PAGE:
As hospitalists provide specialized care to hospitalized patients, “post hospitalists” provide specialized services exclusively as on-site attending physicians, medical directors and advanced nurse practitioners in a wide variety of post-acute settings:
- Sub-acute centers
- Long-term acute care hospitals
- Rehabilitation centers
- Skilled, intermediate and long-term care nursing facilities
Post-hospitalist programs generally are provided by a collaborative group practice of physicians, certified nurse practitioners and clinical nurse specialists that focus their services on-site in post-acute facilities to address the needs of high-risk, medically complex patients with the following diagnoses and needs:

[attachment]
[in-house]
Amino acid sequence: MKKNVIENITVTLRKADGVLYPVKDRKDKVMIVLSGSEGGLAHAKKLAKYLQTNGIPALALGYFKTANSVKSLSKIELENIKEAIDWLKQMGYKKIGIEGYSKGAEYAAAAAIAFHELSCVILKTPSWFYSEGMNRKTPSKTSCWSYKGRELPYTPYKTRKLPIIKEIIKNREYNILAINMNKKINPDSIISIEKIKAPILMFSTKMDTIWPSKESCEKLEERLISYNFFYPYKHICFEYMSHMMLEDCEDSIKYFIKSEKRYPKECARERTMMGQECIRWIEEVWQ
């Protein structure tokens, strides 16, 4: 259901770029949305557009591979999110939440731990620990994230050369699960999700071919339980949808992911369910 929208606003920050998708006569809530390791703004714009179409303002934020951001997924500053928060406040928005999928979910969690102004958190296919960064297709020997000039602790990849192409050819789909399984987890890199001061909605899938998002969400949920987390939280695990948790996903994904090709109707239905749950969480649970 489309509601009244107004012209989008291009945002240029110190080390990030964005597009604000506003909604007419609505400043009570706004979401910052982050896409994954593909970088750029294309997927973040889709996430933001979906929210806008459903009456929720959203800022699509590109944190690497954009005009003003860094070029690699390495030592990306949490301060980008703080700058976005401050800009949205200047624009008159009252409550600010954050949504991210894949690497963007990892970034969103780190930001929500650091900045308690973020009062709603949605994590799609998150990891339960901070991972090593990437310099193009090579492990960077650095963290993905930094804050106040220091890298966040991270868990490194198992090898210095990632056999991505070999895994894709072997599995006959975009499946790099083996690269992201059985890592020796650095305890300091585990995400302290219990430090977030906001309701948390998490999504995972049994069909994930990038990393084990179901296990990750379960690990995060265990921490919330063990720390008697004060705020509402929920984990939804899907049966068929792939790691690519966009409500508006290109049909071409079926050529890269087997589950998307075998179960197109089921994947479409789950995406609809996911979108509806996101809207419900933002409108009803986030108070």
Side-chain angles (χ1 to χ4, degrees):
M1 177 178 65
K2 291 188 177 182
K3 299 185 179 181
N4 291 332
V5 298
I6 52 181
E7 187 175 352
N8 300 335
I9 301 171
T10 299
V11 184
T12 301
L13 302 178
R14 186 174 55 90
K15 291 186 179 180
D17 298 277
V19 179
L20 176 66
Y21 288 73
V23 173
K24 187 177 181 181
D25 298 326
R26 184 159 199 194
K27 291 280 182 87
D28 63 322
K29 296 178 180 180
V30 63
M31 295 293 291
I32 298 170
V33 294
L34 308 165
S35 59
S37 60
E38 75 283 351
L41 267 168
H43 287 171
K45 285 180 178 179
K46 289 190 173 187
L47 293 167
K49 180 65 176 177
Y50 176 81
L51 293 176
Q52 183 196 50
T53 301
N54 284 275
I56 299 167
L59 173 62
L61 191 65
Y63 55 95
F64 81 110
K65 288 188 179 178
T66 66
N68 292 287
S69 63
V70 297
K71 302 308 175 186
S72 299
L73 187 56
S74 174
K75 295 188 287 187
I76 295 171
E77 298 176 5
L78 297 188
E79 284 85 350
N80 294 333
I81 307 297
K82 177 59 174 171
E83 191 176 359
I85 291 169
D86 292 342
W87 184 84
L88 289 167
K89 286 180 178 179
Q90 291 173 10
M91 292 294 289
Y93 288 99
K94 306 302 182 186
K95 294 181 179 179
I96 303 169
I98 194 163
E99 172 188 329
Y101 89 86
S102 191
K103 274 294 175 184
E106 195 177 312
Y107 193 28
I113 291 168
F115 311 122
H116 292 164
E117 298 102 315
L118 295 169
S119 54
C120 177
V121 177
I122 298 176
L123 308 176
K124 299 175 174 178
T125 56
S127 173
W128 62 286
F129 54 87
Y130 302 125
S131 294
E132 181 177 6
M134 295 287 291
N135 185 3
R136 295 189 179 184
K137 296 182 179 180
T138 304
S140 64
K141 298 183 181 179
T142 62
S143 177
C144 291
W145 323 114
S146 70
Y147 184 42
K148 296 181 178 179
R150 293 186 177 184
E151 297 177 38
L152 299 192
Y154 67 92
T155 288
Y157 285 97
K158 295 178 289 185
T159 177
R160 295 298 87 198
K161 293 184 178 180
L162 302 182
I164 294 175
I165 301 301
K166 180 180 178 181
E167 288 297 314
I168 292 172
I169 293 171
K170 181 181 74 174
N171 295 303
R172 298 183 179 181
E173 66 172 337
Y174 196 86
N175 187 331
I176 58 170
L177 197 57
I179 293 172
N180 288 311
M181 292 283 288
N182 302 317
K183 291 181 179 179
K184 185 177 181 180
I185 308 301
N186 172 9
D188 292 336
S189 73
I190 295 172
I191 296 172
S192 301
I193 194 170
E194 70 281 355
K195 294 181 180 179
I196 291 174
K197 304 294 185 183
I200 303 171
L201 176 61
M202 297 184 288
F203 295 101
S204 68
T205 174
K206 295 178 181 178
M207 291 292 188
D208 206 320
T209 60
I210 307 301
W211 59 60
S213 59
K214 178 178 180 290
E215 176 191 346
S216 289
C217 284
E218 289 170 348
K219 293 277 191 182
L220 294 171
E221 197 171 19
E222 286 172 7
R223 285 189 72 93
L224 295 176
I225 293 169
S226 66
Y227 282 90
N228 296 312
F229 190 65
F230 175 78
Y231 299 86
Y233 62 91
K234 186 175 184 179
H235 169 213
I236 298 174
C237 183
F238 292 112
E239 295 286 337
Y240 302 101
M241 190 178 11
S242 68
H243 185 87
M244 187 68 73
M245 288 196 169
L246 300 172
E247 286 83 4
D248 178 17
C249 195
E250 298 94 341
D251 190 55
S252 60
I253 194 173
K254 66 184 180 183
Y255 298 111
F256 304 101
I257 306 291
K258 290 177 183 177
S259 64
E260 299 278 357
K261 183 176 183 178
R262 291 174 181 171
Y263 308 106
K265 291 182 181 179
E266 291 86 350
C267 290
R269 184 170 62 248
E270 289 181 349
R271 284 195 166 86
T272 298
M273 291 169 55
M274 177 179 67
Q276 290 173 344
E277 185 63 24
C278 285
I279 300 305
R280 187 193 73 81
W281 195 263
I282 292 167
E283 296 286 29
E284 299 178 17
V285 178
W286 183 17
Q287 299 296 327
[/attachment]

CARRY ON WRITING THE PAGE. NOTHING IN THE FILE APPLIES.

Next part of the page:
- Asthma *Major Depressive Disorder
- Chronic Obstructive Pulmonary Disease (COPD) *Osteoporosis
- Congestive Heart Failure (CHF) *End Stage Renal Disease
- Dehydration *Hepatitis C
- Pneumonia *Hypertension
- Urinary Tract Infections (UTI) *Rheumatoid Arthritis
- Diabetes Mellitus *Pre and/or Postoperative Care and Rehabilitation
- Coronary Artery Disease *Medication Reconciliation
Our Typical “Post-Hospitalist” Program Caseload
- Ranges between 150 and 200 patients depending on case mix considerations, oversight requirements and service volume differences between the number of acute care, versus chronic (custodial) care patients being followed.
- General caseload will include 20% acute care and 80% chronic care patients.
- Patients are initially visited and care plans developed within 24 hours of hospital discharge.
- Unstable patients are visited 3-5 times weekly or daily if clinical condition requires daily oversight.
- Stable patients are visited up to two times per month based on clinical need.